But there we were as young adults. Where were we going? What was the purpose for our lives? Unlike our parents, we weren’t faithful in anything. We didn’t know how to suffer. Was that why most of my friends were on medication? Many had mental health problems and were in and out of hospitals, some with scars for life. Before then I hadn’t known anybody who had died, except two young girls in school that had cancer. Then one day I heard that Fredrik had killed himself. They thought he had been murdered at first, but when they investigated his body it became evident that he had pierced his own heart with a knife.
It was a shock. He had been so full of zeal and excitement, though lost in a restless existence where he didn’t know what to do with himself. Then a few more died. Someone I had worked with hung himself; a friend’s father did the same, and also a young woman that my sister studied religion with. Something was seriously wrong with society, though I didn’t know what it was.
I had grown up in the “perfect” society, learning that individuals suffer for different reasons: inherited weaknesses, chemical imbalances, child abuse, etc. But there was something else, something I couldn’t put my finger on, and I wanted to get as far away from it as possible. I could still hear the happy laughter of my childhood summers echoing in the back of my mind, but it was lost, just a dream, it didn’t exist, it hadn’t remained, it wasn’t real. Was it supposed to go away?
I knew somewhere in my heart that there must be a place where true happiness could be found, and I took off in a little sailboat in my mid-twenties to find that place. I had managed to save up some money to buy the boat and equip it. I didn’t plan to come back again. I left Sweden with much excitement and expectation, only to be deeply disappointed a few years later after having sailed around the north only to discover that every place was the same. Society was in a state of misery.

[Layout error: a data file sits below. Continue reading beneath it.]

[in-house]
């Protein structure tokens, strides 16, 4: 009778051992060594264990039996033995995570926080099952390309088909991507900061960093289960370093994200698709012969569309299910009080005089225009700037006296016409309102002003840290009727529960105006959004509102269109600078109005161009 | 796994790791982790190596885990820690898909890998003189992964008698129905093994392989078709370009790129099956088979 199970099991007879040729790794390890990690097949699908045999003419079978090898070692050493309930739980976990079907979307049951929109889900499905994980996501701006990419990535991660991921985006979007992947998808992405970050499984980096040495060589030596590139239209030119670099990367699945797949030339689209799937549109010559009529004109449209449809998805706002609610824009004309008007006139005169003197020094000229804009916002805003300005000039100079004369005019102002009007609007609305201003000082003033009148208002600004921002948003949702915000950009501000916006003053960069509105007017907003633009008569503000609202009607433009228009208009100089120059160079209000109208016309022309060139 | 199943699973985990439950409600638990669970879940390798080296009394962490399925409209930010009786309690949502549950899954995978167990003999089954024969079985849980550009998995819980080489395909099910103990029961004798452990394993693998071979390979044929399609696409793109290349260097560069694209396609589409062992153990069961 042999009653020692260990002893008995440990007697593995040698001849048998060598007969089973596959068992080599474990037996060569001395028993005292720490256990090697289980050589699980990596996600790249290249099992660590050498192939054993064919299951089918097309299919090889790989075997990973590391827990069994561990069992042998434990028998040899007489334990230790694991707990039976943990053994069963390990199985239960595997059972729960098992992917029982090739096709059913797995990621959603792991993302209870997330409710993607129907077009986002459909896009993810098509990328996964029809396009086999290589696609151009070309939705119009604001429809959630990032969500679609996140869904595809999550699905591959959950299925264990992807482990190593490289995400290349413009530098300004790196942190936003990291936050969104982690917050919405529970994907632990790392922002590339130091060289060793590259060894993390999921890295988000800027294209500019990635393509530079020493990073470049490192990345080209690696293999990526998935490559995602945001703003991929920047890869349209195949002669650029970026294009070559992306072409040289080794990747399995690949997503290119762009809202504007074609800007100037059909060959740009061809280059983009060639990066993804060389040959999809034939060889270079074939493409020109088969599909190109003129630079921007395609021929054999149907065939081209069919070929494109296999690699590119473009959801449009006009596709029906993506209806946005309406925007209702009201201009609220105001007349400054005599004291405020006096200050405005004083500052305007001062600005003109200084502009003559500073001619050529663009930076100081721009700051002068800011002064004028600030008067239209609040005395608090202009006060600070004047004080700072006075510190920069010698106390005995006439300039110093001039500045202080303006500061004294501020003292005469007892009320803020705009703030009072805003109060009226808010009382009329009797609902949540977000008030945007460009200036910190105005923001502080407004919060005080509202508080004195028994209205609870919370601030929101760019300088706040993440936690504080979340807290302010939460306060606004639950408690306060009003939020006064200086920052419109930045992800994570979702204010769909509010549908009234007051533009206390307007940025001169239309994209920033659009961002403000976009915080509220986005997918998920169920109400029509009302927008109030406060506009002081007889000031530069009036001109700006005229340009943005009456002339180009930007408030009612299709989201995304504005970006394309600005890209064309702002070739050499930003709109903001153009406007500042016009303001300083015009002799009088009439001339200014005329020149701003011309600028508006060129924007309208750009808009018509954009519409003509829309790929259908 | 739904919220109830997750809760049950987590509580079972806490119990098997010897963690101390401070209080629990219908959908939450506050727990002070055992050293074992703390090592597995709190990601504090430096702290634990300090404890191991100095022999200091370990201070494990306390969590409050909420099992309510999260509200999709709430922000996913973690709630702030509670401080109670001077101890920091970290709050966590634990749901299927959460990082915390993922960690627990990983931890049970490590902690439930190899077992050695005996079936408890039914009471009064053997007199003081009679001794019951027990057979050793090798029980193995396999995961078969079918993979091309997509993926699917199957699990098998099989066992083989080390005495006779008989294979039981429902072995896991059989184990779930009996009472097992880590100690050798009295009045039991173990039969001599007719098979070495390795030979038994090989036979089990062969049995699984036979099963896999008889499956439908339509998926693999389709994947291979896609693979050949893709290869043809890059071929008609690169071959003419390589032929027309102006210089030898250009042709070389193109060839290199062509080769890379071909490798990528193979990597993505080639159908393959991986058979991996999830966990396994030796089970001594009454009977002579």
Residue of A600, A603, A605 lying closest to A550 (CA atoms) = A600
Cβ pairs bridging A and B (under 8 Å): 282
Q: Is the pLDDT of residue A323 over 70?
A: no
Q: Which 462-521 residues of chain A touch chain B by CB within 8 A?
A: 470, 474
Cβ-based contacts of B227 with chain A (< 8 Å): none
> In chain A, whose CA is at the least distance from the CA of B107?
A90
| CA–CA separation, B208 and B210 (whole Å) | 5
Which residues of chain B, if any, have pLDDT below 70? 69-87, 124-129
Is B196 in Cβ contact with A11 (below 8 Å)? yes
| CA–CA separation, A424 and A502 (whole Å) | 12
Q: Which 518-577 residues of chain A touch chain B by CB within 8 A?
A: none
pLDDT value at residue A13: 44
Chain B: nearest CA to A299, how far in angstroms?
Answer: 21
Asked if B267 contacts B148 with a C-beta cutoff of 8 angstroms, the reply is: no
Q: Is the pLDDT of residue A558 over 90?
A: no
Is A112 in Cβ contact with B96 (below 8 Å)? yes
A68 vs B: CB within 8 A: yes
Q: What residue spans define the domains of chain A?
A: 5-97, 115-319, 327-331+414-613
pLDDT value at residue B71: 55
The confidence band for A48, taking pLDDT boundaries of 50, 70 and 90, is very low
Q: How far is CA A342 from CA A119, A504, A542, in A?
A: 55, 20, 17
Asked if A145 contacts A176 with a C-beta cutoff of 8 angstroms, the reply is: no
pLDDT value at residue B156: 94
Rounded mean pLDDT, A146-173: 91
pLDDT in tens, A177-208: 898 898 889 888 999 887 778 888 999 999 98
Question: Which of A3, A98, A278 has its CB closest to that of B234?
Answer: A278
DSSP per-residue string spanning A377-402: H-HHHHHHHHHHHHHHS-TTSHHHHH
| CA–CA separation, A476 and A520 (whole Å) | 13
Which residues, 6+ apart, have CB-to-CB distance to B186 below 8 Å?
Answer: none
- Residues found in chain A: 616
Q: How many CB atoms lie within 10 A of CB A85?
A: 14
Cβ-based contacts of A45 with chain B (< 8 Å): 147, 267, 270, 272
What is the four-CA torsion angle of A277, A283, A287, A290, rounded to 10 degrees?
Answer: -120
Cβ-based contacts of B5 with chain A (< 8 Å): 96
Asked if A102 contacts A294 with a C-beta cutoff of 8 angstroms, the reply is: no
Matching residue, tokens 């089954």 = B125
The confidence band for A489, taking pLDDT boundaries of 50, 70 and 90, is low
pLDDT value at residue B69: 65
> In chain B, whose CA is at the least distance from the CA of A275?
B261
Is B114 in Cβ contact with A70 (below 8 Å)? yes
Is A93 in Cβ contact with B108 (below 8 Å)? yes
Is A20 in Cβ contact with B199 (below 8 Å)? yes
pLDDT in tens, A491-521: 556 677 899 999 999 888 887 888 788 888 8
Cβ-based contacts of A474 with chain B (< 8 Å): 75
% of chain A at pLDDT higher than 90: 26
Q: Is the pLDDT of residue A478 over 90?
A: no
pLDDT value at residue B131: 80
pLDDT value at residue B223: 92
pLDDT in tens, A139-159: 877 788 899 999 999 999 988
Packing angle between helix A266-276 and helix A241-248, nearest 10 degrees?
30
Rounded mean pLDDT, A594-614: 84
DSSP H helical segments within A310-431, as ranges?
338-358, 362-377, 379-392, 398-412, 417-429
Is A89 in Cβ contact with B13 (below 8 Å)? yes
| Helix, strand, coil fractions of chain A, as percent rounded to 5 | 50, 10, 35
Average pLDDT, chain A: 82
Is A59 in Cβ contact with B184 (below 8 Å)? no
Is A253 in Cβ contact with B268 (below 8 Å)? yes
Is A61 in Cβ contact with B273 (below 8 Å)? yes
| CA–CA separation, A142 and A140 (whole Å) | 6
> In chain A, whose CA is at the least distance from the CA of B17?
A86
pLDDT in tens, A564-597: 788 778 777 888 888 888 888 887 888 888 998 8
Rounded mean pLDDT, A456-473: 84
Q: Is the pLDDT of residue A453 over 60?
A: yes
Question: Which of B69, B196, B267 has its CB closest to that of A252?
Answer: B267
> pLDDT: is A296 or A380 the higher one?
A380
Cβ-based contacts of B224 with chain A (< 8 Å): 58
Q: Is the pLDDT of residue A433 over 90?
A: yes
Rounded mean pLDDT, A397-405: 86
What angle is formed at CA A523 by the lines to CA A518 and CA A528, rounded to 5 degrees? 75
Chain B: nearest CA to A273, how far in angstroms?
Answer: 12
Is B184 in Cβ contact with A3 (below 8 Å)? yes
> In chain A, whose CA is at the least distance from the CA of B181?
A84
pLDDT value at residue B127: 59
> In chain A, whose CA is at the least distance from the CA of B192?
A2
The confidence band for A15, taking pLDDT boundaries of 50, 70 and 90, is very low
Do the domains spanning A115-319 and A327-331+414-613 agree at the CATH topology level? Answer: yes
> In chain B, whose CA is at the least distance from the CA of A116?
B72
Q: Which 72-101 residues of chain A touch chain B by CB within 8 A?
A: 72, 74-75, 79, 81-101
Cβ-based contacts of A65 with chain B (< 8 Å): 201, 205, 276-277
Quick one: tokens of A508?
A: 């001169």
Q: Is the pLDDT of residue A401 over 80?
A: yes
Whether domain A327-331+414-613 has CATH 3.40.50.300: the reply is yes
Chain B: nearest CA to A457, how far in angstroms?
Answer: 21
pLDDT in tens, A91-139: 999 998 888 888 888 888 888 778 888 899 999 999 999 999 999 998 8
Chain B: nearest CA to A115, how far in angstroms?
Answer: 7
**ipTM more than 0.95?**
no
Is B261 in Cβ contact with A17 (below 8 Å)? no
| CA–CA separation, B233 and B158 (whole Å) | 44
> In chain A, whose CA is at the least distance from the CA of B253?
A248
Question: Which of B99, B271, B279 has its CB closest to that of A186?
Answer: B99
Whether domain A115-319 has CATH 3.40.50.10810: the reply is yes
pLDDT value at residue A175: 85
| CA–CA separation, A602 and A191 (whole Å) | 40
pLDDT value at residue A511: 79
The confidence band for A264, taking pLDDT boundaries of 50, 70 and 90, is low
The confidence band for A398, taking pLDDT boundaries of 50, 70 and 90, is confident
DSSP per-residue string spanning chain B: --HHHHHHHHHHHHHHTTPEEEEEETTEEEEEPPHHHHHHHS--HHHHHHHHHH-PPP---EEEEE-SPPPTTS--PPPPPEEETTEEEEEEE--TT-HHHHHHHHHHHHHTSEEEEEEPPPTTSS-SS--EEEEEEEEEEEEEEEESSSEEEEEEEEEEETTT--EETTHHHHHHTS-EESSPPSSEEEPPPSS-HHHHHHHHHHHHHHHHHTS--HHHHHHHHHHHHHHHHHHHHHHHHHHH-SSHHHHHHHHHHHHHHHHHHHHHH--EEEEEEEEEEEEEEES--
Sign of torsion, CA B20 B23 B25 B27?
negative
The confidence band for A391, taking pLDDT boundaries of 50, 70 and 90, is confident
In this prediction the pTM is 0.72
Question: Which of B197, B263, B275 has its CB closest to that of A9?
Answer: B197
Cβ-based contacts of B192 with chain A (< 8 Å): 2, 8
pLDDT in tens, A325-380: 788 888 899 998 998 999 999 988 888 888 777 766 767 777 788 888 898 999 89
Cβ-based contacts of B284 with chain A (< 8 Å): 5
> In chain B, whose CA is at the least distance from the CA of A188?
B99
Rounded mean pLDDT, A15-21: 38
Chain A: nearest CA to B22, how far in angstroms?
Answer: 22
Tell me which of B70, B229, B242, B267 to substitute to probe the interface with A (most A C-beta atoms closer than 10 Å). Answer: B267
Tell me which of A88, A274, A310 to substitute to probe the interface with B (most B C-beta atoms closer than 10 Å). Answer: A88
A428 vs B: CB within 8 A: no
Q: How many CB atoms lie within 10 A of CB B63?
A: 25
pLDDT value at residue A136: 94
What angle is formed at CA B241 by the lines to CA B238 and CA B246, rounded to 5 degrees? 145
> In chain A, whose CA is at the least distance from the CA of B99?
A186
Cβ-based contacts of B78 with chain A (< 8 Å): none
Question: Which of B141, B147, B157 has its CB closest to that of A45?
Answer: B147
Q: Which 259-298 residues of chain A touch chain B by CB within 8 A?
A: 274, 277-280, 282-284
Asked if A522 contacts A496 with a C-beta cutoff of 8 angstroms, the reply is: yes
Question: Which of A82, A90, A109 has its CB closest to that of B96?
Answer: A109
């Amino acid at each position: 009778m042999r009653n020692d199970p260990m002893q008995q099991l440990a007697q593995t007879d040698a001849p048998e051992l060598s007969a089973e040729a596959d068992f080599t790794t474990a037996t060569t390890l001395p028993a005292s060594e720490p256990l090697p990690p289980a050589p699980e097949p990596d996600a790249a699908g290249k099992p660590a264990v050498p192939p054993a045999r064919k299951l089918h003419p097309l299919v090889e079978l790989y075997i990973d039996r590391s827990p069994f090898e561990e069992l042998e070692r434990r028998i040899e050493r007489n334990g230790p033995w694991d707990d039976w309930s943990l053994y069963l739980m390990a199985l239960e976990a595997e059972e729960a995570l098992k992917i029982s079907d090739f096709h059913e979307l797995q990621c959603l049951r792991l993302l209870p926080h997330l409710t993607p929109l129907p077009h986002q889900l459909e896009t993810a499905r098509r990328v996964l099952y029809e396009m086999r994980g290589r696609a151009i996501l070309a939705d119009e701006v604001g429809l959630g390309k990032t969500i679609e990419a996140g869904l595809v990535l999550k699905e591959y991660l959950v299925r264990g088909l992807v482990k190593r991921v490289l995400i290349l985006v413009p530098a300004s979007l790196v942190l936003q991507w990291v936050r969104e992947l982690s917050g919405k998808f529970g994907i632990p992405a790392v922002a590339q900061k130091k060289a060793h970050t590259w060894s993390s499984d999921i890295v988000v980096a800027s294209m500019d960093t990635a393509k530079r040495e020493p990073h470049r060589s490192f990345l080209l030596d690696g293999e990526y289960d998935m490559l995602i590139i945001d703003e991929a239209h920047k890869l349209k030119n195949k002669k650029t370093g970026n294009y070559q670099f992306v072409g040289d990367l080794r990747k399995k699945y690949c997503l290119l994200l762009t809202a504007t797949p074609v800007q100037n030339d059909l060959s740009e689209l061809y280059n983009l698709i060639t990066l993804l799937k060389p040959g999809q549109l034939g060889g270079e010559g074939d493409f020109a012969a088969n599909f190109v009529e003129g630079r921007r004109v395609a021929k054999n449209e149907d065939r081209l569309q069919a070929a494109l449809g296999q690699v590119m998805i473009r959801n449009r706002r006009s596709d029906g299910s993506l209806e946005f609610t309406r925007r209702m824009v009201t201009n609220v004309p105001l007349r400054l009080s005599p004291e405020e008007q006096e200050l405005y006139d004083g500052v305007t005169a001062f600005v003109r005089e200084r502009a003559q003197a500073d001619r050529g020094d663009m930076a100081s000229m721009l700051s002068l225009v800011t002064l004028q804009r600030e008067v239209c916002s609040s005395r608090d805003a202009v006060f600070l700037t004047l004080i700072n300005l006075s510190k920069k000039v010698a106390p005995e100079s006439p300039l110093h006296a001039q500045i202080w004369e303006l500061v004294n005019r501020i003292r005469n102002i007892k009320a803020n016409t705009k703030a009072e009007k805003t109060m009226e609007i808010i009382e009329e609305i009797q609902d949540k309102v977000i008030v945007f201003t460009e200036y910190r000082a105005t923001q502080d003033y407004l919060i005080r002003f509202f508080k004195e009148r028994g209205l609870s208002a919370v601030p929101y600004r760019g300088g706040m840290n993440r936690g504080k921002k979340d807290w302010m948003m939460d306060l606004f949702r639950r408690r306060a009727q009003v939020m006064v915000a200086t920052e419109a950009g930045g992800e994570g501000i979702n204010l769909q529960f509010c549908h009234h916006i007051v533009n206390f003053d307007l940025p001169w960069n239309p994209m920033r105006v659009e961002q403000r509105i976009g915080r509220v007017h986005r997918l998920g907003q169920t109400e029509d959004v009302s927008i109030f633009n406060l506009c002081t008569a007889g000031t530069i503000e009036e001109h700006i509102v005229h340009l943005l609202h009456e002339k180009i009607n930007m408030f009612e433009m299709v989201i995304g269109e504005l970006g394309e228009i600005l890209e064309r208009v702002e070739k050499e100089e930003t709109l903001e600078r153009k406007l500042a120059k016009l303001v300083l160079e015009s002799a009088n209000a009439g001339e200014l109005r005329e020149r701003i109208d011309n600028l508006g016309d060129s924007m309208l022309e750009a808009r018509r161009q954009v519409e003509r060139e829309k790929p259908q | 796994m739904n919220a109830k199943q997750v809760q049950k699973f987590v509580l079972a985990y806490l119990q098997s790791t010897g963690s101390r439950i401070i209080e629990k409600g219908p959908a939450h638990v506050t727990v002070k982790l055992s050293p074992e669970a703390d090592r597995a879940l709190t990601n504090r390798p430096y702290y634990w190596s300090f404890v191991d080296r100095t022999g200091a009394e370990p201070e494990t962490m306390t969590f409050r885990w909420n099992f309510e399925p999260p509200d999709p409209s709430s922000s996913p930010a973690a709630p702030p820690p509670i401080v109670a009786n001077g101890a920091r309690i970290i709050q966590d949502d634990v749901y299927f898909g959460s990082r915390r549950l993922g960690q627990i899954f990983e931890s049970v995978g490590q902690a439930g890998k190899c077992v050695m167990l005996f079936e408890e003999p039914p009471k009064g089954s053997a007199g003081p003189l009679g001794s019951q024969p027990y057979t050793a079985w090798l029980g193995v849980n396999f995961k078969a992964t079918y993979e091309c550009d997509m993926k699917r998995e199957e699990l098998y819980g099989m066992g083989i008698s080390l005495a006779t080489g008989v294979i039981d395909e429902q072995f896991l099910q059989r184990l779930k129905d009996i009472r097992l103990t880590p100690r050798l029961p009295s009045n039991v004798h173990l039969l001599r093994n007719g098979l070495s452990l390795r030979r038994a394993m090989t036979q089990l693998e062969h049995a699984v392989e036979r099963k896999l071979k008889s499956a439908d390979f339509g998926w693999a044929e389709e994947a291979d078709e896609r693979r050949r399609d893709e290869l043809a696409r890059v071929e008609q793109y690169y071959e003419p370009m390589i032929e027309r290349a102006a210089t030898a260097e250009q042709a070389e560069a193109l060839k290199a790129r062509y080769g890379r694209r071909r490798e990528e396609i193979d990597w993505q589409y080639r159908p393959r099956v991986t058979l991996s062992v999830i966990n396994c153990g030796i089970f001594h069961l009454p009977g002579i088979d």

It wasn’t long after I came back that Ofelia had died from an overdose of alcohol and medicine. It had been a few years since we had lived together, and I didn’t see her very often anymore, caught up as I was in my own problems. I hadn’t responded a few days earlier to her desperate email and cry for help. She had tried to kill herself before. I had even called the ambulance once. It wasn’t something unusual anymore, and numbed as I was I could hardly connect to the situation. Her son was three years old when this happened. She had never been loved by her parents and didn’t know how to love her own child. Lost as I was myself, I had never been able to help her. By now I was pregnant with my son, and alone. He was born a few months later.
With a little innocent child in my arms I could again hear the cry from within my heart, “It is not supposed to be like this!” What did Astrid Lindgren have to give to my son when I didn’t have a life for him? There he was, this little child, in a little house on a hill, and the thunderstorms began to roll in. There we were together, in the bed in the little loft room late at night. I had never been afraid of lightning before, but as I saw the shiny streaks across the horizon and heard the booming thunder very near the house, I began to cry out to my Creator with all my heart. I was trembling with the baby in my bosom under the blankets, and crying in desperation.